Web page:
“Our real focus is on democratizing mental healthcare,” says SonderMind co-founder chief executive, Mark Frank.
His company, founded back in 2017, is having a moment. With the restrictions and economic stresses caused by the government’s efforts to mitigate the spread of the COVID-19 epidemic in the U.S., demand for mental health services is soaring. And it’s compounding what was already a mental health crisis in the U.S.
A 2019 article from Bloomberg Businessweek laid out the scope of the problem in stark terms. In 2017, 47,000 people died by suicide in the U.S. and there were 1.4 million suicide attempts — a suicide rate that’s the country’s highest since World War II, according to the Centers for Disease Control and Prevention. Drug overdoses, another measure of the nation’s anguish, killed 70,000 people in 2017. Another 7% of U.S. adults reported suffering at least one major depressive episode in 2018.
Taken together, the data points to a tremendous health problem. One that the current healthcare system is only now grappling with.
SonderMind’s chief executive sees his company as part of the solution.
Most mental health practitioners don’t operate within a healthcare network or take insurance, which means that the only folks with access to care are the ones that can afford the high price of therapy. SonderMind changes that equation by offering practitioners a toolkit and back office services so they can bill insurance providers and take care of the operational side of running a healthcare practice. It also acts as a funnel, gauging the needs of potential patients and connecting them to the therapists that are best suited to provide them the care they need. That lets practitioners focus on seeing patients, the company said.
The company currently counts 500 providers on its marketplace, which operates in Colorado, Arizona and Texas, and has raised $27 million in its latest round of financing to extend its services to other parts of the U.S.
The San Francisco-based investment firm General Catalyst led the financing, which also included additional new investors F-Prime Capital and participation from previous investors like the Kickstart Seed Fund, Diōko Ventures (managed by FCA Venture Partners) and Jonathan Bush.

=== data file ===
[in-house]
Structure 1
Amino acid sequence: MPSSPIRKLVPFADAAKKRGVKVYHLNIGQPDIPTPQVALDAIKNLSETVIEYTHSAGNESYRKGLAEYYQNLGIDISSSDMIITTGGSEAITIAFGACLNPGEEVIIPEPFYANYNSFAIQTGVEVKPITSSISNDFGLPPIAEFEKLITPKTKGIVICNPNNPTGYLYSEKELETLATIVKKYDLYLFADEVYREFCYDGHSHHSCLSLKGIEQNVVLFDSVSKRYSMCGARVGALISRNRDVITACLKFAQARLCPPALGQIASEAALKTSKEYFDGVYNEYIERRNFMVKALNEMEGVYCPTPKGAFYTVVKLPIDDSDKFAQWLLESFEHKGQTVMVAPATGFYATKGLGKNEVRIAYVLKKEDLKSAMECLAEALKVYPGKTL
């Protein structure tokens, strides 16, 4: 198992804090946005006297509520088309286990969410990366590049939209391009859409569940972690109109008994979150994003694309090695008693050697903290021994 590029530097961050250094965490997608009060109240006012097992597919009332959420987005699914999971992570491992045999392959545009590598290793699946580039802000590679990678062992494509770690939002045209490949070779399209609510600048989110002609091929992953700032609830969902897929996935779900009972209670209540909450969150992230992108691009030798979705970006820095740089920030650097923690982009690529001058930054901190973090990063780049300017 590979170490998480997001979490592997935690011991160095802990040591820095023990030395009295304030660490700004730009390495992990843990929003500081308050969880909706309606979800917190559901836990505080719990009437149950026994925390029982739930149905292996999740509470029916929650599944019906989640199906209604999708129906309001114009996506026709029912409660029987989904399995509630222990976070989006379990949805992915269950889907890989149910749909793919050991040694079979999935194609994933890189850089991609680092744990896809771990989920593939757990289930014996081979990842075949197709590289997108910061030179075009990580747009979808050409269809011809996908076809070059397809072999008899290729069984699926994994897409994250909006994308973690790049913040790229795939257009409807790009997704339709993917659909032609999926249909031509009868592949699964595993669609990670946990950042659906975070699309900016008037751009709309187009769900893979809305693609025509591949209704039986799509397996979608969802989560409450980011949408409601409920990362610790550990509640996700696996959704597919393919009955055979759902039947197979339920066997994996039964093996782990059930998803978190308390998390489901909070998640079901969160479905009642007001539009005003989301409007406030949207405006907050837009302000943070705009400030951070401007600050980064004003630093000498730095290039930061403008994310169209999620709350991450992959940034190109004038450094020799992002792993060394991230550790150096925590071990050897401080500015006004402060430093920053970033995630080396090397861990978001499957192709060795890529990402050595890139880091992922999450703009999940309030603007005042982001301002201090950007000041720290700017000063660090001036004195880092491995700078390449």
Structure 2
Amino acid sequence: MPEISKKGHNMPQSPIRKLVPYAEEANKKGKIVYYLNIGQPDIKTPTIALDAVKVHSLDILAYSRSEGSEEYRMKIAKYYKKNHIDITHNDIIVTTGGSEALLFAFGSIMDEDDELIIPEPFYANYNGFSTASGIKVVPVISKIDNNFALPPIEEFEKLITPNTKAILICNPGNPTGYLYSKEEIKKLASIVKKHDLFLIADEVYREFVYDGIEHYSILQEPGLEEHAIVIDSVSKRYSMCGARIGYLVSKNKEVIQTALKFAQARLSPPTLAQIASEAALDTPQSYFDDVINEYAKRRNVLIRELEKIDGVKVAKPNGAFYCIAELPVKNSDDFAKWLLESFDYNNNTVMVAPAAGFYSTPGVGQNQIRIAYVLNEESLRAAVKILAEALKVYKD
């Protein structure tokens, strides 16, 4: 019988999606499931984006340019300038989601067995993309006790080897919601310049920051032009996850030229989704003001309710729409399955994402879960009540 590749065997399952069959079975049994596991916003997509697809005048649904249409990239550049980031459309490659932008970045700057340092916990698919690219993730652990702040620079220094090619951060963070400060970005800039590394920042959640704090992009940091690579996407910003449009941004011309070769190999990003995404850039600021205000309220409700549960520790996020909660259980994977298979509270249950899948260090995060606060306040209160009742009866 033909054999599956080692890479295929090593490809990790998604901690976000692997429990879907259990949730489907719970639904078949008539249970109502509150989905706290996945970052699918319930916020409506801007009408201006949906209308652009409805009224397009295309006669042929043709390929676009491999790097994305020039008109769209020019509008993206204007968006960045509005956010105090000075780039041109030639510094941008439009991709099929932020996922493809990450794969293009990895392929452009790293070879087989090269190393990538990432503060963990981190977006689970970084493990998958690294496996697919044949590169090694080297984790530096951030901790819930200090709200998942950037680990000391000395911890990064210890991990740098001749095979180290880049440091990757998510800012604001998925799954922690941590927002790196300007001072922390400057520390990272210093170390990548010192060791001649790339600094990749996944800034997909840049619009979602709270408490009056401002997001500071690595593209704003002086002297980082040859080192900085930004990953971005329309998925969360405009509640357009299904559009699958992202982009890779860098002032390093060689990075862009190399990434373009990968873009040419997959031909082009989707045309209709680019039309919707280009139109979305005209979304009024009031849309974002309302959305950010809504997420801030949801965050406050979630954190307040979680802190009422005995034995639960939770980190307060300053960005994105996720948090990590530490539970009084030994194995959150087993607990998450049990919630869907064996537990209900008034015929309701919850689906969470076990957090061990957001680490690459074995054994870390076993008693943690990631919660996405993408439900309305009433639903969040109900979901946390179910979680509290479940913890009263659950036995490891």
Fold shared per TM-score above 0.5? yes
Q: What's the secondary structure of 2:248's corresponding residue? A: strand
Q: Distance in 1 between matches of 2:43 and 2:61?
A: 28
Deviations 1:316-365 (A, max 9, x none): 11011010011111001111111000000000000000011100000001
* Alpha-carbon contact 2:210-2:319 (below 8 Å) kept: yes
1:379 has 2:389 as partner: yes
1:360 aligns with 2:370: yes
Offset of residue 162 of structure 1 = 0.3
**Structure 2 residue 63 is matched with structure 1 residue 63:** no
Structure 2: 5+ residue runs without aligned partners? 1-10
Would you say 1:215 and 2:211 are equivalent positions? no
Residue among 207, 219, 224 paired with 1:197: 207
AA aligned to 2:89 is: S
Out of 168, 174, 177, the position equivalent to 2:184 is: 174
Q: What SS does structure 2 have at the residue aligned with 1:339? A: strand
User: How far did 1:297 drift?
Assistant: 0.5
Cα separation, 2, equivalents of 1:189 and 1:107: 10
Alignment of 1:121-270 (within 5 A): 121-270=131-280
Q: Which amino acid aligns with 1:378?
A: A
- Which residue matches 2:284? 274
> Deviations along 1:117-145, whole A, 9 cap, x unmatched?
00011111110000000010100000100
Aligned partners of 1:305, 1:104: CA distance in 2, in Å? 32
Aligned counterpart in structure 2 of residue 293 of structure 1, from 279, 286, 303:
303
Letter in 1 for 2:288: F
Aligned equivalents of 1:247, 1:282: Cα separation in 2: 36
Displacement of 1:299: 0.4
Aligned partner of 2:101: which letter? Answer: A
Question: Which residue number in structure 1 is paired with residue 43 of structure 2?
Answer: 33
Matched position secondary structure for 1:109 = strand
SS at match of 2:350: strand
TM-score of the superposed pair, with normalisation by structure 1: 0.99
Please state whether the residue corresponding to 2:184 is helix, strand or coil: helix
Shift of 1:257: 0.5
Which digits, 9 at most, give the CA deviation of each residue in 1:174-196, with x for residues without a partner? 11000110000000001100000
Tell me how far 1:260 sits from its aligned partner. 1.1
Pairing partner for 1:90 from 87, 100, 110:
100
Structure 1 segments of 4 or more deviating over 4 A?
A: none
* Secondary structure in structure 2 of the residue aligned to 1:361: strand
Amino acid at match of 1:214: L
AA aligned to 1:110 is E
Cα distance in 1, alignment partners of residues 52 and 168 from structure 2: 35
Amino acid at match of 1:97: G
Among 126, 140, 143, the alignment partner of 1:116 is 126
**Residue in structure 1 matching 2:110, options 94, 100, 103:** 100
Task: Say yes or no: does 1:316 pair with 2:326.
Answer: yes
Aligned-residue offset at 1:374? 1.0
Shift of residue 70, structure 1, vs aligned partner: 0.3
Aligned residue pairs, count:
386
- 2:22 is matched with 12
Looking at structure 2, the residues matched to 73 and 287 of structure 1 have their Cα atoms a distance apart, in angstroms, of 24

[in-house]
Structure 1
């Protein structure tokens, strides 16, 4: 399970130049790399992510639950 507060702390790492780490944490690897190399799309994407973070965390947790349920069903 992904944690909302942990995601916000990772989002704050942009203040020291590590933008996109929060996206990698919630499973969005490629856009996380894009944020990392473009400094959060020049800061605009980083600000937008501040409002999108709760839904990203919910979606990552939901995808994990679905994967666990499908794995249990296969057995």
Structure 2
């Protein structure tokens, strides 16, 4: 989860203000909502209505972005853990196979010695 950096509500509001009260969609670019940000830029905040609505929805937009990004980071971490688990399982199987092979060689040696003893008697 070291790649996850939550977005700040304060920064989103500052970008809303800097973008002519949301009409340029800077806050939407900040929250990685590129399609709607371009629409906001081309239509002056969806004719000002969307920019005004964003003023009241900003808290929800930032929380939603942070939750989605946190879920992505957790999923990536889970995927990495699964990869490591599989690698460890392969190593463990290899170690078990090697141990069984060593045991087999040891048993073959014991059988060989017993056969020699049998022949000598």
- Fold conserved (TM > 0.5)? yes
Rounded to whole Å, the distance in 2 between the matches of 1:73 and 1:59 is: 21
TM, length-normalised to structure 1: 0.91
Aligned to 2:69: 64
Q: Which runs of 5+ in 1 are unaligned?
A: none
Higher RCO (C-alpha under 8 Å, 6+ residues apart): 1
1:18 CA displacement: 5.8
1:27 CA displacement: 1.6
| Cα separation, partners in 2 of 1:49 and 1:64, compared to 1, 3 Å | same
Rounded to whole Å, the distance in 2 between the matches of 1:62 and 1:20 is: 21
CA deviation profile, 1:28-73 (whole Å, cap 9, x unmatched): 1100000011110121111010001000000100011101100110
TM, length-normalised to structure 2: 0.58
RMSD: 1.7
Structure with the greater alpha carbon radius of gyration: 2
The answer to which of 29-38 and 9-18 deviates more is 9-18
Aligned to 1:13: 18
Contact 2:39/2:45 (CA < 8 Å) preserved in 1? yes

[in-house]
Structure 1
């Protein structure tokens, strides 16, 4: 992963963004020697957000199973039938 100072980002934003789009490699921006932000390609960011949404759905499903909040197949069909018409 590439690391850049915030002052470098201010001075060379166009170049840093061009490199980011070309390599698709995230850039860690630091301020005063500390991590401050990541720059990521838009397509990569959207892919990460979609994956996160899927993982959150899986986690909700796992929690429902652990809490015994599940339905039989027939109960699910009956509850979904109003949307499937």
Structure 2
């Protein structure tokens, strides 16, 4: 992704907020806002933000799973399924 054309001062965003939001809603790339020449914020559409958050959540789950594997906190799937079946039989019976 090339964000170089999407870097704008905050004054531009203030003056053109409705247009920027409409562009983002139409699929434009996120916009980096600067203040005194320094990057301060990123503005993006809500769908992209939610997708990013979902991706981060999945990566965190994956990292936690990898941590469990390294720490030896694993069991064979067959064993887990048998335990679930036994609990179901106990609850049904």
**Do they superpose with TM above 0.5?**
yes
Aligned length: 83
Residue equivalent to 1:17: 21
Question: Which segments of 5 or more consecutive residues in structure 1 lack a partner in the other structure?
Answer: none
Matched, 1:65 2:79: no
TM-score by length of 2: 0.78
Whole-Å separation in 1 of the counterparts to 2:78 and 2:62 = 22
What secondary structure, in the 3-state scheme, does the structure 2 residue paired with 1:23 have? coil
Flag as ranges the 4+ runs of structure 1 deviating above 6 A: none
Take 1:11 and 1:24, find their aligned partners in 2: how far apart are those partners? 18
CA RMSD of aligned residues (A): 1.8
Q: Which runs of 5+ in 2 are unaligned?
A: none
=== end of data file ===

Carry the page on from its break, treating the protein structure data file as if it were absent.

“This financing provides the fuel to support our growth objectives and advance our mission to make behavioral health more accessible, approachable and utilized by building a modern marketplace that holds great appeal to both clinician and patient,” said Frank in a statement.
The investment extends General Catalyst’s funding into healthcare services in recent years and represents a continued emphasis on healthcare services for the firm. “Healthcare is obviously a really important thesis for GC as a whole,” says Holly Maloney, a managing director at General Catalyst. “This is going to be one of the largest value drivers for VC this decade.”
General Catalyst already had a robust portfolio of healthcare-focused companies — including Livongo, OM1 and Oscar Health.
For Maloney, the investment in SonderMind grew out of the firm’s exposure to mental health investment through another portfolio company, Mindstrong Health. “Mindstrong forced us to explore… access to care and finding care,” says Maloney.
The General Catalyst investor sees the investment in SonderMind as also helping to open doors for more people to join the profession.
“It helps people to start their business for sure. It helps more people pursue it as a career path,” she said. And that’s good for a country where more mental health professionals and better access to care are desperately needed.